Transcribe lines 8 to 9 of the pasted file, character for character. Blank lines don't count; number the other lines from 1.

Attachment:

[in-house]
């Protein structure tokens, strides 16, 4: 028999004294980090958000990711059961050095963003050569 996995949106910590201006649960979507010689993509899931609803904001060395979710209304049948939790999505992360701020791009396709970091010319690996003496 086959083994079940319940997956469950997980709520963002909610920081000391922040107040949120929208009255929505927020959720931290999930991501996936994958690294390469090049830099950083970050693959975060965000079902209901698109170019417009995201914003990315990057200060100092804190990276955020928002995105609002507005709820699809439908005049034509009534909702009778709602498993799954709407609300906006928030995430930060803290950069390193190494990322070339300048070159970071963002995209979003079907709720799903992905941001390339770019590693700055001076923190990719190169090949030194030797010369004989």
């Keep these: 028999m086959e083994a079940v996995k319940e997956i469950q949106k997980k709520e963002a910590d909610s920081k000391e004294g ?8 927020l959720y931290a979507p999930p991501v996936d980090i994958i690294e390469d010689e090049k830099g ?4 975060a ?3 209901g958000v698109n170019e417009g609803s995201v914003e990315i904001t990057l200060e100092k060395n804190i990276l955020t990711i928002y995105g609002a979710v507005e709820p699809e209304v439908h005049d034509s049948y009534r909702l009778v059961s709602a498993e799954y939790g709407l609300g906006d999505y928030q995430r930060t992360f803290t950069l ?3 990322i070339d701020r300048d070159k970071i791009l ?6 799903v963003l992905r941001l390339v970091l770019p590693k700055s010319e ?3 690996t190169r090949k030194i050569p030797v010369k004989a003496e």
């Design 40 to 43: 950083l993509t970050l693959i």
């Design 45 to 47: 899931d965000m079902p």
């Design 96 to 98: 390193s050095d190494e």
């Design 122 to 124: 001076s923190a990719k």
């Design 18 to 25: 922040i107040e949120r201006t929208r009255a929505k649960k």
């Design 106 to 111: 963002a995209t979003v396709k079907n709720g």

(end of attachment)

């Design 18 to 25: 922040i107040e949120r201006t929208r009255a929505k649960k």
């Design 106 to 111: 963002a995209t979003v396709k079907n709720g």